People of the Forest…

What’s all the fuss about palm oil? As you may have noticed, we have a tree theme to our blog this month. (I’ll admit that I am a little obsessed with trees.) They give us so many of the ingredients we need for a healthy diet and healthy skincare. They create oxygen, cleanse the air, and there’s just something so enriching about them.

Unfortunately, not all tree ingredients are good for the environment. Palm oil, in particular, has been responsible for the destruction of millions of hectares of rainforest. Many people now avoid palm oil when they’re buying groceries, but not all realise how commonly it’s used in personal care products, particularly soaps.

Orangutans have become synonymous with palm oil. While wild orangutans used to be found across Asia, they’re now restricted to two islands – Sumatra and Borneo, both of which are major producers of palm oil. More than 80% of the orangutans’ habitat has been destroyed in the last 20 years and it’s estimated that at least 50,000 have been killed. According to Michelle Desilets, Executive Director of the Orangutan Land Trust, “Securing safe forest habitat is the single-most important thing we can do to save the orangutan from extinction.”

Orangutans are one of the most intelligent species on Earth and one of humans’ closest relatives.  As well as the orangutan needing the forest, the forest needs the orangutan. The word orangutan comes from the Malay language and means ‘person of the forest’ – from the words ‘orang’ meaning people and ‘hutan’ meaning forest.  They are stunning animals! They eat fruit that many other animals cannot, and then spread the seeds in their dung. The orangutan is vital to the forest’s survival, and therefore the survival of other endangered species, such as the Sumatran tiger.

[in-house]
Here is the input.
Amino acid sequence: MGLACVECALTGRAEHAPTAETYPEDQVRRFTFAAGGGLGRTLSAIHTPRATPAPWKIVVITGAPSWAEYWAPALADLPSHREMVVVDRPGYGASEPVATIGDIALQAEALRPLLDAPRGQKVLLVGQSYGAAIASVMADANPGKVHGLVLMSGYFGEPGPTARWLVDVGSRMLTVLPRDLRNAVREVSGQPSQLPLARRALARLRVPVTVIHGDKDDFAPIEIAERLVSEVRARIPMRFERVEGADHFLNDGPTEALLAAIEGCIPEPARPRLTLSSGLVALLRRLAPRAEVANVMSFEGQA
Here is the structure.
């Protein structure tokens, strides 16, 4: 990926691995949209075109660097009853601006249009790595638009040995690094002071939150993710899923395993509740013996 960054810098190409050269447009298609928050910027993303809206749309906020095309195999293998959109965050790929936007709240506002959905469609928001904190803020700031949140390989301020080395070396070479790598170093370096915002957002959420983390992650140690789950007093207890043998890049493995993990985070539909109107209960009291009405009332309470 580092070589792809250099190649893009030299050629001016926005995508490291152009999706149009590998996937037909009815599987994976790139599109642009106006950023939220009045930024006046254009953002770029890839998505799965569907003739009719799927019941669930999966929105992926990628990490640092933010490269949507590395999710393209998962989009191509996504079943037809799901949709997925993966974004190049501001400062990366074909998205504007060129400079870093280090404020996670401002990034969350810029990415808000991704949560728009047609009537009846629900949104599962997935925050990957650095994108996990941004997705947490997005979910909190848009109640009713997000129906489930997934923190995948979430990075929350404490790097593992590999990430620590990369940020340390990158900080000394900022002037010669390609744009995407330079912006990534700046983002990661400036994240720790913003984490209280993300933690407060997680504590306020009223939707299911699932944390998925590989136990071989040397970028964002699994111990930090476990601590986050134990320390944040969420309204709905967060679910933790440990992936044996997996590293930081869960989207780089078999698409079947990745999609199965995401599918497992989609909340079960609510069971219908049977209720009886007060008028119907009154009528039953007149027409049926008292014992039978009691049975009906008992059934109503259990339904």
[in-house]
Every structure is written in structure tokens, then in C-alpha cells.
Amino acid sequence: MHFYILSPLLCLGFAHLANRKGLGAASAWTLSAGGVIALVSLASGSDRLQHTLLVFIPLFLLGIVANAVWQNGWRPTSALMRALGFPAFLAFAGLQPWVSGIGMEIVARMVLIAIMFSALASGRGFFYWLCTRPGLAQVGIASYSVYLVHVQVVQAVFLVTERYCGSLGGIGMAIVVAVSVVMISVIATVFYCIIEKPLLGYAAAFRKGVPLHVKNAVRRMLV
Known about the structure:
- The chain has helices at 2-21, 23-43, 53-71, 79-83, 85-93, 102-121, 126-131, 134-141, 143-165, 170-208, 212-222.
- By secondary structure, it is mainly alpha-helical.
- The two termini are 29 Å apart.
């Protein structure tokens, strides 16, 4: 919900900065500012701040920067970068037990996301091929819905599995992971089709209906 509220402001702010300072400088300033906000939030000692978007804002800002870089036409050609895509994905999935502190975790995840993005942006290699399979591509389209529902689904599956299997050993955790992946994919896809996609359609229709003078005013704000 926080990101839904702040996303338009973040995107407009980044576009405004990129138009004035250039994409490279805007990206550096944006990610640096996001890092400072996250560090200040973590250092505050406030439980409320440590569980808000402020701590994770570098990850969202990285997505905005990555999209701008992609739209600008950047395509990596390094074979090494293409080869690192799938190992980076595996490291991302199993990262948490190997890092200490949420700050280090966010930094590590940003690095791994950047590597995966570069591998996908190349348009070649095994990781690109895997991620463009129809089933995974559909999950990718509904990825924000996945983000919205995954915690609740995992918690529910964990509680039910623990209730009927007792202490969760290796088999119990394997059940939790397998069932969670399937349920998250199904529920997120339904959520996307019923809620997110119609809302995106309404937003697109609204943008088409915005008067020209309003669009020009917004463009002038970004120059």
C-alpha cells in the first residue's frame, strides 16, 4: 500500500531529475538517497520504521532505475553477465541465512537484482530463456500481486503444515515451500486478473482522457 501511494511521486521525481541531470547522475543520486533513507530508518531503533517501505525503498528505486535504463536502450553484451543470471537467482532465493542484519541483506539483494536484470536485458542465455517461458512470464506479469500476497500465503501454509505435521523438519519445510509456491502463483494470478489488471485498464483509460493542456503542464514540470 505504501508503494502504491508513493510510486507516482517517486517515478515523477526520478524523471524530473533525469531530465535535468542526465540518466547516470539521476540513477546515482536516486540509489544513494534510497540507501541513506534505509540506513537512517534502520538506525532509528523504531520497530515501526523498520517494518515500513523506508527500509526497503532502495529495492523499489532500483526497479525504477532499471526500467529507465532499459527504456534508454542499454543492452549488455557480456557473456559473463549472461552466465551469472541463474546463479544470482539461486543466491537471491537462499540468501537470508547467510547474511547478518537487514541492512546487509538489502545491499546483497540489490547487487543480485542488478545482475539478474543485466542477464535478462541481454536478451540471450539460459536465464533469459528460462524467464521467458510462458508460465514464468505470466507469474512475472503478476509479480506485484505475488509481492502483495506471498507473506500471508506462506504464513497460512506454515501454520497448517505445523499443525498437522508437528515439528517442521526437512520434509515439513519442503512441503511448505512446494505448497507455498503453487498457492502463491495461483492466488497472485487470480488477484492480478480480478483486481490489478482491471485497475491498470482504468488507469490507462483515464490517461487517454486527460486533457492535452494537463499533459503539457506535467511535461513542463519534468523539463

And of course, unsustainable palm oil is not just bad news for orangutans. Rainforest destruction is linked to climate change, biodiversity loss and other environmental concerns. Palm oil production has also been linked to human rights abuses. Local people often rely on the forests for food, building materials and income. When they are destroyed, the people often have no choice but to work on the palm oil plantations, often for long hours and little pay. Child labour is rife.

So is it best to avoid palm oil altogether? Well, it really depends what it’s replaced with. Palm oil is one of the highest-yielding edible oil crops. Replacing it with oils such as rapeseed can mean that even more land would need to be used. According to the Orangutan Land Trust, the key thing is to make sure that when palm oil is produced, it’s done in the most sustainable way possible, and doesn’t require any further clearing of forests.

Palm2At Akamuti, we don’t knowingly use any ingredients that contribute to habitat destruction. All of our soaps are palm-oil free, except for our black soap, which uses sustainably sourced, deforestation-free palm oil.

Do you want to help protect forests and orangutans for generations to come? Choose products that are free from palm oil, or only use sustainably sourced palm oil. Lots more pictures and information at www.forests4orangutans.org.

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